With online and mobile banking increasing in popularity, physical banks have struggled to keep their doors open. Over the past five years, the number of branch locations in America declined by 7%. Though digital banking services may allow for easier service for some customers as they deposit checks into their savings, bank branch locations continue to be an important resource for others.
In a recent Federal Reserve report, researchers note that the shift to digital banking channels is occurring more gradually for older individuals, those with lower incomes or fewer years of formal education and inhabitants of rural communities. Additionally, for all customers, even those who mostly use digital bank services, branches continue to be the dominant channel when applying for new products. According to Deloitte survey results, 65% of Americans prefer branches when applying for a mortgage, and 58% prefer one when opening a checking account.
The decline of branch offices has not been felt evenly by different banks and throughout the country. In this study, SmartAsset looked at trends in branch closures for the five largest banks in America and the cities where it has become most difficult to visit a physical bank. For details on our data sources and how we put all the information together to create the final rankings, check out the Data and Methodology section below.
- Large banks are closing at varying rates. Between 2014 and 2018, three of the largest five banks in the U.S. closed branch locations at rates greater than the national average of 7%. They include JPMorgan Chase Bank, Bank of America and Citibank. By contrast, over the same time period, Wells Fargo Bank closed branches at a rate equal to the national average while U.S. Bank branch locations declined by only 3.4%.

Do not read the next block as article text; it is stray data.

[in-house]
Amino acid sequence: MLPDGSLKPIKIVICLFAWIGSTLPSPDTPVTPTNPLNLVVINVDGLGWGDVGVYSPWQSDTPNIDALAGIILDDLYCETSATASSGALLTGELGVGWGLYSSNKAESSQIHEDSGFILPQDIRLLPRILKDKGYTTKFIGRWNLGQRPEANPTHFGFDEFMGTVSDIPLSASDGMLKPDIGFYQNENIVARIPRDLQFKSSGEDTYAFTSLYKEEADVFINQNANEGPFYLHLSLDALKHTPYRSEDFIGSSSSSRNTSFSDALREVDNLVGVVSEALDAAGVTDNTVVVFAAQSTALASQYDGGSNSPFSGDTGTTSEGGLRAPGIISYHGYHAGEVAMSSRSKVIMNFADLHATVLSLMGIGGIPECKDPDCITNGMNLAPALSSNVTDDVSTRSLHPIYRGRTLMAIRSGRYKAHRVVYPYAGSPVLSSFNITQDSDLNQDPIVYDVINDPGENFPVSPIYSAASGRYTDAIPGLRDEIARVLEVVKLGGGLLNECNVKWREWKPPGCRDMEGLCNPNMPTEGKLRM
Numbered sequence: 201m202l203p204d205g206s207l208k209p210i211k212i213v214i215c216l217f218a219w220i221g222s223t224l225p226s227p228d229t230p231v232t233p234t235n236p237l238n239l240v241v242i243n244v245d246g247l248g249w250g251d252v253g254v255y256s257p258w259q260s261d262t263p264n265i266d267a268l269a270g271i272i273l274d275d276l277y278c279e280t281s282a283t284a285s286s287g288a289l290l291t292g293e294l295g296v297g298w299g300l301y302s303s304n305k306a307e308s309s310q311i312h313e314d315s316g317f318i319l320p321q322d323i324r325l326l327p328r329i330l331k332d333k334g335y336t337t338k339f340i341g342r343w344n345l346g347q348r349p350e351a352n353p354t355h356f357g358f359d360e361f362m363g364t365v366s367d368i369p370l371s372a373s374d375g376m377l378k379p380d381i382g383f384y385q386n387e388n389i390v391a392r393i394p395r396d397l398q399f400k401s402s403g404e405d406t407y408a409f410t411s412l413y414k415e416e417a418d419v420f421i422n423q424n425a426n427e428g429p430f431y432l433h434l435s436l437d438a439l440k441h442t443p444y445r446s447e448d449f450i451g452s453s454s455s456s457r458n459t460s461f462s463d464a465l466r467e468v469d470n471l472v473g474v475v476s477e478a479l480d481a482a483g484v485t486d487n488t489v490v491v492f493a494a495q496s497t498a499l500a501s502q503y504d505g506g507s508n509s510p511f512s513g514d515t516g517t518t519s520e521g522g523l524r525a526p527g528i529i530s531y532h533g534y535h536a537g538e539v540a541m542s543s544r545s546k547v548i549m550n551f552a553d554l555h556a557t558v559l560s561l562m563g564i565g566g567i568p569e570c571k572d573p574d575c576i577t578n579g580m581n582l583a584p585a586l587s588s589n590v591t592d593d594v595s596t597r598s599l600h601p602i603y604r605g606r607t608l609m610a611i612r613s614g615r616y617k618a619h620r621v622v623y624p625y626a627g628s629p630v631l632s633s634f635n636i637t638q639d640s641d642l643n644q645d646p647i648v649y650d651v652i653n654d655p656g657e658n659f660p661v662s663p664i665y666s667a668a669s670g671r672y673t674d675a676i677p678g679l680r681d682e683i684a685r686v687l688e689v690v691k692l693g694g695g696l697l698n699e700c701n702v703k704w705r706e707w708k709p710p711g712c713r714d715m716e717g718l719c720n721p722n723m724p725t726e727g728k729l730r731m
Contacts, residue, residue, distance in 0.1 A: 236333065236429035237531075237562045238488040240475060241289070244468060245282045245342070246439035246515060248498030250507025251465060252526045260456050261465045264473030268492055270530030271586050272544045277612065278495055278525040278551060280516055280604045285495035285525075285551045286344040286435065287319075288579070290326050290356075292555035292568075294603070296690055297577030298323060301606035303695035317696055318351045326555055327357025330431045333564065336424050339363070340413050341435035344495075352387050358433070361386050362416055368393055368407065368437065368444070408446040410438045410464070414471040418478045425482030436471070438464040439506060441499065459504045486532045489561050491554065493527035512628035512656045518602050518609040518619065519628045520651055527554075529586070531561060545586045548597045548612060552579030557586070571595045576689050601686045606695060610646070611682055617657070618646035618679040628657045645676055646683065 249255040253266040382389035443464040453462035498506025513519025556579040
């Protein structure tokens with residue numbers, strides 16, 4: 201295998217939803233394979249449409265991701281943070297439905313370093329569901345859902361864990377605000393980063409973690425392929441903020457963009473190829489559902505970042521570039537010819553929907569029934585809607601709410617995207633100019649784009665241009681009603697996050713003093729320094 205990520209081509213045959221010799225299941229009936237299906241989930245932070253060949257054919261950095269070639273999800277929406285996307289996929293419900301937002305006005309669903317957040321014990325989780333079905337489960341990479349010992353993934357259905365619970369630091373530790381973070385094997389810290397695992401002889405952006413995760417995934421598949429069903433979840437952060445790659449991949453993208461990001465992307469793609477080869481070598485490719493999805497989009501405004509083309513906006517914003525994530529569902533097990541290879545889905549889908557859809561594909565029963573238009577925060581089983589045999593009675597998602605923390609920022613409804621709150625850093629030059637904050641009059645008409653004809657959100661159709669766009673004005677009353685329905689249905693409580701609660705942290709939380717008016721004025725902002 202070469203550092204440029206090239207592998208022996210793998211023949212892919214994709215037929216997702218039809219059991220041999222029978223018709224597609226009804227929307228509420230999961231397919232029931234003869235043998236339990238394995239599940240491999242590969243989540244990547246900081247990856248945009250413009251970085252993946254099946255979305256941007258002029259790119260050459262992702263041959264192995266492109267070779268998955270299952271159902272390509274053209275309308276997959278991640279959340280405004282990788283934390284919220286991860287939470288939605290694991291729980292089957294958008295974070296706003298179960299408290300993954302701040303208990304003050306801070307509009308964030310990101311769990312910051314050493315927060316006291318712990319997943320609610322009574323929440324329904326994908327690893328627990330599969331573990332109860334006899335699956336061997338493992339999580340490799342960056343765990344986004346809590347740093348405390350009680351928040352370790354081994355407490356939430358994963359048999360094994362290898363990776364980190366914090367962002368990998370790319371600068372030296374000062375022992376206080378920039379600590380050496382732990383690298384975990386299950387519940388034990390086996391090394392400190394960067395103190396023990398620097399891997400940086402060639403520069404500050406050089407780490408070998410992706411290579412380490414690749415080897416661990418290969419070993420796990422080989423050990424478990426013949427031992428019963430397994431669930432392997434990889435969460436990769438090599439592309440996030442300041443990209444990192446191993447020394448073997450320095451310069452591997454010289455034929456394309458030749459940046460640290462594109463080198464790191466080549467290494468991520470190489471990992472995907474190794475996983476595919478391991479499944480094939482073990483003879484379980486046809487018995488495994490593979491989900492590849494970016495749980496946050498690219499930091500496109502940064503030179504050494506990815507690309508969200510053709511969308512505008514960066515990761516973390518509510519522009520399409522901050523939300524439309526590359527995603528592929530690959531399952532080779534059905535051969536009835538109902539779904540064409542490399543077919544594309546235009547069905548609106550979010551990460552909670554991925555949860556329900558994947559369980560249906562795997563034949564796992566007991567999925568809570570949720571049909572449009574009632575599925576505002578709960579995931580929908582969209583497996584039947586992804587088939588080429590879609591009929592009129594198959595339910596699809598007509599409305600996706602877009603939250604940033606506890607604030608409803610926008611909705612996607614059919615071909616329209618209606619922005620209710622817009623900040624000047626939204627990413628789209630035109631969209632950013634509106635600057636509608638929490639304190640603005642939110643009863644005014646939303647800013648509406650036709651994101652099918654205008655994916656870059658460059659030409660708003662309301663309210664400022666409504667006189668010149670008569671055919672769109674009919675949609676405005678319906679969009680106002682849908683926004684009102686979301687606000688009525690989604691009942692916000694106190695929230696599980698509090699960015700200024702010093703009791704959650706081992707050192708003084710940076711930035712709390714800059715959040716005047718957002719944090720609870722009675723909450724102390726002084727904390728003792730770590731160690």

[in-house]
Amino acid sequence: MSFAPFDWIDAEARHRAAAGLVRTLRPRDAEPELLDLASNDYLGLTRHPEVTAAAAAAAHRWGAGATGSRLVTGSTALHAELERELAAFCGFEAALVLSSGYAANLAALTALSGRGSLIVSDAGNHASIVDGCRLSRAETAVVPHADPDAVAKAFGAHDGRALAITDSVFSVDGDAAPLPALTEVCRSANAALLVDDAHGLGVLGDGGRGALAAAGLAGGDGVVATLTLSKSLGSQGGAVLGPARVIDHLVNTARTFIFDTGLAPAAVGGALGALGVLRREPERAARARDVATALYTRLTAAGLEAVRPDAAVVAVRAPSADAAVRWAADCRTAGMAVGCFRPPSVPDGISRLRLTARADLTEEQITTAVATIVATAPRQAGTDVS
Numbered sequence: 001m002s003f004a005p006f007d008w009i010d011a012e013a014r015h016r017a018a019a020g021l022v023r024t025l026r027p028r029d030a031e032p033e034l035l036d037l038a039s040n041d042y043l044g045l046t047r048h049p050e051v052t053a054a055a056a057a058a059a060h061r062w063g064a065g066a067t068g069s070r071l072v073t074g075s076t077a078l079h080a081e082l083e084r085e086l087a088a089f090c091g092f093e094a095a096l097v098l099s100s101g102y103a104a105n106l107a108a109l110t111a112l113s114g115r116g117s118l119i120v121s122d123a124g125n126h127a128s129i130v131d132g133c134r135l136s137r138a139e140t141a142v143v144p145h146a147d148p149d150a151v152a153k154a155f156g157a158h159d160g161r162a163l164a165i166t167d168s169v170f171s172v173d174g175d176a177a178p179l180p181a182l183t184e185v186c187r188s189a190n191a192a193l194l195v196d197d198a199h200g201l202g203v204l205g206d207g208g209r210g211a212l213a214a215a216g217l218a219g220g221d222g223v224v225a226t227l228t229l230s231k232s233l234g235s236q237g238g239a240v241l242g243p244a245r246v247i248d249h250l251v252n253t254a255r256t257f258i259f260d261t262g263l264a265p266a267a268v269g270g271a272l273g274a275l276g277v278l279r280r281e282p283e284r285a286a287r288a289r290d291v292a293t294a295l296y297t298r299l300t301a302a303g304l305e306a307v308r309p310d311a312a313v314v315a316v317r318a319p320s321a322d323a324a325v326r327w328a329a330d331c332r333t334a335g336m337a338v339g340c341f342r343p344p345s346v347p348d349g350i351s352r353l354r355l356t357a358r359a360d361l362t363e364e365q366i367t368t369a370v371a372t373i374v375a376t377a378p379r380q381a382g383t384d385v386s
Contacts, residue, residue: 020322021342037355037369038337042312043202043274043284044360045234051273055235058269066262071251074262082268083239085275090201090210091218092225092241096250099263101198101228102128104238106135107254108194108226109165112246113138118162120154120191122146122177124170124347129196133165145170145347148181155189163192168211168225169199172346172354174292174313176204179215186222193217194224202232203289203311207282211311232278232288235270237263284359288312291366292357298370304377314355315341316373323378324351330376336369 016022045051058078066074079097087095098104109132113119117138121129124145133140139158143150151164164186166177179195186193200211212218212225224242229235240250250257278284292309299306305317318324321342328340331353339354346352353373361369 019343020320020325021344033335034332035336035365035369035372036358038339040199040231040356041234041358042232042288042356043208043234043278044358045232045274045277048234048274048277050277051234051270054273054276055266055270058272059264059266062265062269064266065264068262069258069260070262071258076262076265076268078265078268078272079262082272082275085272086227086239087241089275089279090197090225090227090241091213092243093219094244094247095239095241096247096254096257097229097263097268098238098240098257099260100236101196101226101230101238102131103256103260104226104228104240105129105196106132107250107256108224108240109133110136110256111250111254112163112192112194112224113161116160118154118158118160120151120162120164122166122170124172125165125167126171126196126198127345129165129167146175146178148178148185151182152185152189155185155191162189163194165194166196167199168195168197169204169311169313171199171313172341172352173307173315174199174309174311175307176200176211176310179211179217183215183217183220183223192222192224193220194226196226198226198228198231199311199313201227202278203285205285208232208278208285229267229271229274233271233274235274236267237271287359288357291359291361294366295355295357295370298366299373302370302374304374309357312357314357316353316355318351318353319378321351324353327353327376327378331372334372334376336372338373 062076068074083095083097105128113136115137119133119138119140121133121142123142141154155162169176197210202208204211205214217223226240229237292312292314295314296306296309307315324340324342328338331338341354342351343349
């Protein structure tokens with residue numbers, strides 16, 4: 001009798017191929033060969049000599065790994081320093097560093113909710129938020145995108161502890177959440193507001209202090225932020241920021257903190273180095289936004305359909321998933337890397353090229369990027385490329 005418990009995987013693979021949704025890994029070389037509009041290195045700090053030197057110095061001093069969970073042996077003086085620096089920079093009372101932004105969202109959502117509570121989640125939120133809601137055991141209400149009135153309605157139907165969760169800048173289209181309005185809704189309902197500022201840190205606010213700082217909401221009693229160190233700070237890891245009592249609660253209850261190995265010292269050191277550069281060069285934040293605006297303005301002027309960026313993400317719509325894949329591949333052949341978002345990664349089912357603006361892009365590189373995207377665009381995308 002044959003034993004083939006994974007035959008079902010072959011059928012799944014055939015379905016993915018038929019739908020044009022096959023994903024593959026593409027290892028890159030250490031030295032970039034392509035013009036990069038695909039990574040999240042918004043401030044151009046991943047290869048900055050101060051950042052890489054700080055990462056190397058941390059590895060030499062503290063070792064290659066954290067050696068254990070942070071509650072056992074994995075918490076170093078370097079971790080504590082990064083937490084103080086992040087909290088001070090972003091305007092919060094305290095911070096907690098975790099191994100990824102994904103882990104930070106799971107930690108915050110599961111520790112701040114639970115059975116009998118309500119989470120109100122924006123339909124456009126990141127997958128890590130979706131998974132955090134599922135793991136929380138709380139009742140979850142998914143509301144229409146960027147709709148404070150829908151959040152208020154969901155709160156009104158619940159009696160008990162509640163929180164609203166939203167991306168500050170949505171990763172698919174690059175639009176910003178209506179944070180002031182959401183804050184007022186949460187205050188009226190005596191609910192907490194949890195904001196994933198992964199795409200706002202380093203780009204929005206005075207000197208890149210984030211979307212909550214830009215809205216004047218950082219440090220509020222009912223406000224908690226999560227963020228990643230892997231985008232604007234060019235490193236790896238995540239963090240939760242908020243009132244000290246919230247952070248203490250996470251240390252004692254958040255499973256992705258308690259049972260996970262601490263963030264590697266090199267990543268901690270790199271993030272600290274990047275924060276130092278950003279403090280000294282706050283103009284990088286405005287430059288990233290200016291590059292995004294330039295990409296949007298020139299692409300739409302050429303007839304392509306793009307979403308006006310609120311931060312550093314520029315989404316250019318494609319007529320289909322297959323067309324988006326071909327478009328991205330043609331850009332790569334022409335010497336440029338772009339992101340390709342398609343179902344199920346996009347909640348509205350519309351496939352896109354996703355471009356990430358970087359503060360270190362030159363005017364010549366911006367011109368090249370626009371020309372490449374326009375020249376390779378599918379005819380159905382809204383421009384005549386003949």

- The number of branches declined in 49 of the 50 largest U.S. cities. Of the largest 50 cities in the U.S., only Raleigh, North Carolina had the same number of physical banks in 2018 as it did in 2014. The remaining 49 all experienced declines over the past five years, with 26 cities having decreases greater than the national average.
- Northeast cities have seen the fewest branch closures. None of the 10 cities where it is hardest to visit a physical bank are in the Northeast. In fact, Philadelphia, Pennsylvania is the Northeast city where it is hardest to find a physical bank branch, but it ranks roughly in the middle of all 50 cities in our study. Over the past five years, the number of bank branches declined by only about 5% in Philadelphia. Additionally, in New York, New York, fewer than 20 bank offices closed between 2014 and 2018, or only about 1% of the more than 1,700 total branches.
In 2014, there were a total of 94,725 federally insured banks in the U.S., or about 30 for every 100,000 people. More than 6,600 banks closed over the following five years, and in 2018, there were just 88,075 federally insured banks in the U.S., or fewer than 27 for every 100,000 people.
By net assets, JPMorgan Chase Bank, Bank of America, Wells Fargo Bank, Citibank and U.S. Bank are the largest banks in America. The Federal Deposit Insurance Corporation (FDIC) reported the following net asset figures for each of those banks at the end of 2018:
- JPMorgan Chase Bank: $2.17 billion
- Bank of America: $1.76 billion
- Wells Fargo Bank: $1.68 billion
- Citibank: $1.40 billion
- U.S. Bank: $453 million